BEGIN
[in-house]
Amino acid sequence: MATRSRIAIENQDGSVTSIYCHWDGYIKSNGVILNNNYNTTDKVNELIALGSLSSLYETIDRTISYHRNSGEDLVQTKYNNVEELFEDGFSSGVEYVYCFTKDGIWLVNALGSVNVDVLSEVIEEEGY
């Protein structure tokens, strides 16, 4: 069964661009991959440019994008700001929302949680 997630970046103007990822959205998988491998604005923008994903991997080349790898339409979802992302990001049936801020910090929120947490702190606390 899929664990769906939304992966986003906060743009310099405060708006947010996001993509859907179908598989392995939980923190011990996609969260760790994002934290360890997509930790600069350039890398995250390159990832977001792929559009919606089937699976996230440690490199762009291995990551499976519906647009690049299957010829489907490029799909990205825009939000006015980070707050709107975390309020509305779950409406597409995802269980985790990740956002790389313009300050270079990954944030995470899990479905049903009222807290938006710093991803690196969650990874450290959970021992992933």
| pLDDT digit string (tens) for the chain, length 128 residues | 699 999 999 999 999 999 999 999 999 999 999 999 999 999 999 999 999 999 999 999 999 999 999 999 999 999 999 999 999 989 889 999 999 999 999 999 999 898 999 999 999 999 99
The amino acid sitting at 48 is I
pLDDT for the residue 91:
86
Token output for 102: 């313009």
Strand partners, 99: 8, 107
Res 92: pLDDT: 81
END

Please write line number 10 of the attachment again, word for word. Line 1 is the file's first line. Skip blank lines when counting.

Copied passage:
Res 92: pLDDT: 81